Sunday, November 27, 2005

350th Anniversary of the Peace of Westphalia

350th Anniversary of the Peace of Westphalia - Prepared in connection with the 1998 celebrations of the anniversary at Munster, this site contains a year-by-year time-line and short essays on the war and the peace. It is hard to believe that Sweden and Germany were once at war. This site is in reference to the Thirty Years War.

Unfortunately, the site is in frames which may make it difficult for some Web browsers to access. What is wrong with straight html code with the actual url visible?

Most of the articles are available in Dutch, Swedish, Spanish and French. Some material is in German only.

From the site:

The signing of the final treaties of the Peace of Westphalia on 24 October 1648 in Münster and Osnabrück marked the first time in the history of Europe that peace had been reached by negotiation. Life in the two cities had been dictated for five years by the negotiations conducted in the envoys' quarters. The population of Münster, totalling 12,000 at the time, was boosted by an additional 10,000 due to the 34 diplomats with a retinue of up to 200 persons and the baggage-train which ministered to their needs. The police are anticipating an even larger number of onlookers wishing to be part of the events when 20 European heads of state visit Münster on 24 October 1998.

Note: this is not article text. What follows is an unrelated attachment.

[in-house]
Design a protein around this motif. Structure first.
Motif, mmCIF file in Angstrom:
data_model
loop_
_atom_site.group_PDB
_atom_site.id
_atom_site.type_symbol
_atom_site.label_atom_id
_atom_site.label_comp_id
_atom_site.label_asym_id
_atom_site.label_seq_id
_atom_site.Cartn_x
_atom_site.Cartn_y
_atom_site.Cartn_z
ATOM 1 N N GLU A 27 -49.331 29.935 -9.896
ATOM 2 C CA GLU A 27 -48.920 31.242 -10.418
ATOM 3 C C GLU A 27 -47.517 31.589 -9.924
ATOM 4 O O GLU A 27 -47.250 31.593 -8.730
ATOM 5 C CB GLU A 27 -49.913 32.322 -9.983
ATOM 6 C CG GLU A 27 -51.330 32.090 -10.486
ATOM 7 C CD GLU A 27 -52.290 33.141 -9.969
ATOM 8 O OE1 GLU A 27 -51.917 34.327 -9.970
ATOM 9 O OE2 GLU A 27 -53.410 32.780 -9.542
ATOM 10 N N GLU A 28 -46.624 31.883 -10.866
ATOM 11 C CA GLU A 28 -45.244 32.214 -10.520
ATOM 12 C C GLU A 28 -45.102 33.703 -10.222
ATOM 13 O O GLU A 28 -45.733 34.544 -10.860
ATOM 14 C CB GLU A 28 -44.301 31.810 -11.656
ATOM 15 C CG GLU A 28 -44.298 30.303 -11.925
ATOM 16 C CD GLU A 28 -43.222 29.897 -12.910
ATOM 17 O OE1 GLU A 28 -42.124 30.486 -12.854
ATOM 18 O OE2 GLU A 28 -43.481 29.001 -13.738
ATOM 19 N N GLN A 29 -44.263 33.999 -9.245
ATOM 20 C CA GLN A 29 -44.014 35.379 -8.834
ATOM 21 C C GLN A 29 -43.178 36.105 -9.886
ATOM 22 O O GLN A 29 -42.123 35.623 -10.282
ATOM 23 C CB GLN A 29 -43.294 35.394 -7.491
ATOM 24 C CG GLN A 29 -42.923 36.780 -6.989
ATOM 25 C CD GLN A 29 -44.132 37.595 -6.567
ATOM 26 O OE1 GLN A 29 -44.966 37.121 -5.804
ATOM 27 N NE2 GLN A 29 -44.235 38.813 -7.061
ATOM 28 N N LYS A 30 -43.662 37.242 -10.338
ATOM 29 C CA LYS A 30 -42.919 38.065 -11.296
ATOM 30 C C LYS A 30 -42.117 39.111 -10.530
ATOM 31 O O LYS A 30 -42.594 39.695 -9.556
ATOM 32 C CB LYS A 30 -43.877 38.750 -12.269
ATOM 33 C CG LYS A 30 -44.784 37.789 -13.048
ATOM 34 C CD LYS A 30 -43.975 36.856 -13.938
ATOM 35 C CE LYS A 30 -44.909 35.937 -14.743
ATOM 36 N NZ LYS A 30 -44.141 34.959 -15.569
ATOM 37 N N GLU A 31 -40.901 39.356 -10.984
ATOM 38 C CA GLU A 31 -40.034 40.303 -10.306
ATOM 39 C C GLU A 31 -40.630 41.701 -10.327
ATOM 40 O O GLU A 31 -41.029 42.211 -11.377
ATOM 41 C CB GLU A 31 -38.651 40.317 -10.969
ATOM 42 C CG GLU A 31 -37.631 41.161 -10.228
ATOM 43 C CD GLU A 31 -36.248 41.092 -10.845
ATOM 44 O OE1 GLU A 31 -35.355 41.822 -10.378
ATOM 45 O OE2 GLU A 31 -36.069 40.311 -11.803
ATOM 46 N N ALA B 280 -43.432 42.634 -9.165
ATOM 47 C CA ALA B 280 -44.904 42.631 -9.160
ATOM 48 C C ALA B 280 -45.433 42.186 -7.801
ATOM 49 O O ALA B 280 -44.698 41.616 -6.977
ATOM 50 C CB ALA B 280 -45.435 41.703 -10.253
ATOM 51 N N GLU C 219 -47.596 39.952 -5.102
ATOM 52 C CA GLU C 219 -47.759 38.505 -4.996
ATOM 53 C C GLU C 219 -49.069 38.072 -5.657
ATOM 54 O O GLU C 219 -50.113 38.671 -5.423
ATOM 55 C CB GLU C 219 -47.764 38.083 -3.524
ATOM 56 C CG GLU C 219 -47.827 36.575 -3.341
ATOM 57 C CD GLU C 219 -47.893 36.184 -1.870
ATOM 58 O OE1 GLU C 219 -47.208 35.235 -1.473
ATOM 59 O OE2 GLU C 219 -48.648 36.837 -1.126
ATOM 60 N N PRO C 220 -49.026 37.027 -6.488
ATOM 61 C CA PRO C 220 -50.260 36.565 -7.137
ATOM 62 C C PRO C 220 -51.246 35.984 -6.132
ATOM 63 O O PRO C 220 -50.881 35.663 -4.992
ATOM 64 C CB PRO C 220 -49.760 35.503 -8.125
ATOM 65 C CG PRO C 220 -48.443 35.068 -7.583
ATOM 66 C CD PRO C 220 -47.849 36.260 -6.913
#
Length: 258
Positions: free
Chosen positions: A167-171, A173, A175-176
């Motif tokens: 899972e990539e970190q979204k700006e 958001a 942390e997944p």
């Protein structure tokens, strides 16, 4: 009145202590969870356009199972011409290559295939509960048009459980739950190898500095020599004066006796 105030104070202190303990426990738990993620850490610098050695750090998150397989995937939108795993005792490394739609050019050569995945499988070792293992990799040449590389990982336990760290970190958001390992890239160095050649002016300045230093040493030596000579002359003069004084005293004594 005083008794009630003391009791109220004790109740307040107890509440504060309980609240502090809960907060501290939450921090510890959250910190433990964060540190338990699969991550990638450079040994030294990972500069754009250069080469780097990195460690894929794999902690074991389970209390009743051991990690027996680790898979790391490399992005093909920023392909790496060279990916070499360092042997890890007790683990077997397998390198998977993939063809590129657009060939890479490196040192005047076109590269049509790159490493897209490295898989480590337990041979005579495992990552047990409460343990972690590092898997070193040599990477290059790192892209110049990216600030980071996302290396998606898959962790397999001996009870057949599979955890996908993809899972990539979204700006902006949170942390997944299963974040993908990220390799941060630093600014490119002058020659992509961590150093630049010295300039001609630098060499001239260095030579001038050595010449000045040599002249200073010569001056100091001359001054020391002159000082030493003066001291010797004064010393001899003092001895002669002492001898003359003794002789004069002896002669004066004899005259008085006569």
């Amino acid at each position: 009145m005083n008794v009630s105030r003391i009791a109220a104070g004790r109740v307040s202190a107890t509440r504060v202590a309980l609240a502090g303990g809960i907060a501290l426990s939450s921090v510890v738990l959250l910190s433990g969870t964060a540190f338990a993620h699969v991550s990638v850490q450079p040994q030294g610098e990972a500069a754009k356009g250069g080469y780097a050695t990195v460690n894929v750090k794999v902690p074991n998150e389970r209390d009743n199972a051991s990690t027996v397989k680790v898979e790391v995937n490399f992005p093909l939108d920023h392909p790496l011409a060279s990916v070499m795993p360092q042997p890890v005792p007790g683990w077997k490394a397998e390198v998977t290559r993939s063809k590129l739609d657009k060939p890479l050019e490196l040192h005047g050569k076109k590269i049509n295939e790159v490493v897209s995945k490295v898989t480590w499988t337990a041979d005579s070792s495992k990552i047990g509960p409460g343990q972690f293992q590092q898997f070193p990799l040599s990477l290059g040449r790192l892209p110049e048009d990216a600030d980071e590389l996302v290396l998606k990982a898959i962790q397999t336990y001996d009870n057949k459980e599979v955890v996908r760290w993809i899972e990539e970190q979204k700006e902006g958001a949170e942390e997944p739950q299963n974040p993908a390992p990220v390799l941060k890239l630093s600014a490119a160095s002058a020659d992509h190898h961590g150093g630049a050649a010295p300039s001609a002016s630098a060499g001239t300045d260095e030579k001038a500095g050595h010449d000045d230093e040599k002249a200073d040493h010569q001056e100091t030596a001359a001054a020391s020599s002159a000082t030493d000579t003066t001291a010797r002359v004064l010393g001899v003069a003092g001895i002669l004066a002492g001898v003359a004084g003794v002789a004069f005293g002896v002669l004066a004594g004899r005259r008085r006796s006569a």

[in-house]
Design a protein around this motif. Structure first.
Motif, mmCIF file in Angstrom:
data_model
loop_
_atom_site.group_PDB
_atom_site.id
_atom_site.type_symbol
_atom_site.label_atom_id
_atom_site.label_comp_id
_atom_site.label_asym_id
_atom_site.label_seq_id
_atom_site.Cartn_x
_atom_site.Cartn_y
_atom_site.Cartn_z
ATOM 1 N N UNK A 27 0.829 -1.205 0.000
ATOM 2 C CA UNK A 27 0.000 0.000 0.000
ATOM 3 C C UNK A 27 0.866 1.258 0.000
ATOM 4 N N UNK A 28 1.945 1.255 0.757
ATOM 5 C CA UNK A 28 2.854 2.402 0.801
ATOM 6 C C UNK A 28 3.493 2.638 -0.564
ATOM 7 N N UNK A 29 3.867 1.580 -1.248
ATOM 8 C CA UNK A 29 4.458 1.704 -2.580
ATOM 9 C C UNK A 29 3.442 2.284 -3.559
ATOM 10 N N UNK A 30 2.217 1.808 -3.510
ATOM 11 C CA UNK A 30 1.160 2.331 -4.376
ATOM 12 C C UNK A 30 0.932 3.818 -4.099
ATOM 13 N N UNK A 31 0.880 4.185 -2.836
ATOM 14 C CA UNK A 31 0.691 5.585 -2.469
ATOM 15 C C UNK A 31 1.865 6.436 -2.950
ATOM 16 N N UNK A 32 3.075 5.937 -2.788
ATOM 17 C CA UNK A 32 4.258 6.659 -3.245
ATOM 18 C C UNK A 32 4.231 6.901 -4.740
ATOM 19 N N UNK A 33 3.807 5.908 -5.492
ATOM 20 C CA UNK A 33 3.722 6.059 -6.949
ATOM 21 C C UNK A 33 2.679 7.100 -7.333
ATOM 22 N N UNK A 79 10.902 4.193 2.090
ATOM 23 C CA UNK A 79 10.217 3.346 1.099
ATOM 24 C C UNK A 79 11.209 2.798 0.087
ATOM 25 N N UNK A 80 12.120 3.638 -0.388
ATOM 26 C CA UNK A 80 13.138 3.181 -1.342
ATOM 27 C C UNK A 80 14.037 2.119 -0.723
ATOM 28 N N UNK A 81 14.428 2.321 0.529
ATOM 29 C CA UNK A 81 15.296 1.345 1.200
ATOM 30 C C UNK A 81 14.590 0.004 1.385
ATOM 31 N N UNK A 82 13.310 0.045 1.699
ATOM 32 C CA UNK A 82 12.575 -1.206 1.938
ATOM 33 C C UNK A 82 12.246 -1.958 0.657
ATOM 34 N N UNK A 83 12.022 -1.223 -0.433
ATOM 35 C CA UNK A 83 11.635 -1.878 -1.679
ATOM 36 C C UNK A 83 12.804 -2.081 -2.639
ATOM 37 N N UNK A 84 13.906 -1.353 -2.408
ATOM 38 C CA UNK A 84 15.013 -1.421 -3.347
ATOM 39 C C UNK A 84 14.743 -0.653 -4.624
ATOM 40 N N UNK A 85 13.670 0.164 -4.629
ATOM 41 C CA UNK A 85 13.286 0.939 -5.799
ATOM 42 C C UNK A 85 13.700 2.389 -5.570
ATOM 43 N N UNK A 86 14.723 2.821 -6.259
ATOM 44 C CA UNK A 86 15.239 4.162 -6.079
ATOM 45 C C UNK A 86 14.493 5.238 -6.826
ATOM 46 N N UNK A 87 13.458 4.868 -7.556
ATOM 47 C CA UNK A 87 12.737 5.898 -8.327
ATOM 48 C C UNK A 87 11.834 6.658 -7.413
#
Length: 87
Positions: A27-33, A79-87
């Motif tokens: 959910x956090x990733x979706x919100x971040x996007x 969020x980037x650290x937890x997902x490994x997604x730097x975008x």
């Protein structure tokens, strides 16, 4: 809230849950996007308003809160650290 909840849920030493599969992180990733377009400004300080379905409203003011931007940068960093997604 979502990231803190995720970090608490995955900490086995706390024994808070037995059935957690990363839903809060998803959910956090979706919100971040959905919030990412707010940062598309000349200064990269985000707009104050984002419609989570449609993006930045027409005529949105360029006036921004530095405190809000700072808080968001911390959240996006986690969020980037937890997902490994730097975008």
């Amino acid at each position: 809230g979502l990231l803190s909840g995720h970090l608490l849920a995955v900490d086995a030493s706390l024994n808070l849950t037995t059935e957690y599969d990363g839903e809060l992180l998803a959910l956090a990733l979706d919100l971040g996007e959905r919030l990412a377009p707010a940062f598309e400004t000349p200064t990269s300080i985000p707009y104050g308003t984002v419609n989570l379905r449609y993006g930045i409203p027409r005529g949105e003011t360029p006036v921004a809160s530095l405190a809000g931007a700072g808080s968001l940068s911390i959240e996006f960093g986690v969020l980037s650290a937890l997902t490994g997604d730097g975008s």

The pointers to the peace negotiations of 350 years ago in the current cityscape of Münster create a strong impression. Direct testimony is provided by the buildings reconstructed post-1945 with the help of historical models: the fully preserved Friedenssaal (Peace Hall) of the Rathaus, in which the Peace of Münster was sworn on 15 May 1648, and the Krameramtshaus, which was home to the Netherlands envoys from 1644 to 1648.

Further evidence of the anniversary of the Peace are visibly preserved for posterity in the city. In the cobbles of the inner courtyard of the Rathaus, the observant passer-by will see a scroll under a glass panel. The document is a message of peace composed by young people from Germany and Holland, which was presented to the Mayoress Marion Tüns when Crown Prince Willem Alexander of Holland visited Münster on 15 May 1998. The chestnut tree planted by the Dalai Lama on land formerly used by the military during his visit to the city on 6 June 1998 will also grow into a symbol of peace.

1 comment:

Jens-Olaf said...

Germany did not exist at that time, it was this old empire with the capital Vienna.
I am from Osnabrück where they negotiated the peacy treaty between Sweden and the empire. Before they started the peace talks Osnabrück was occupied 10 years by the Swedes. But they could not line up own soldiers so they had 400 Fins or Scotish and German troops in here.
And you are right they should do a new website for it.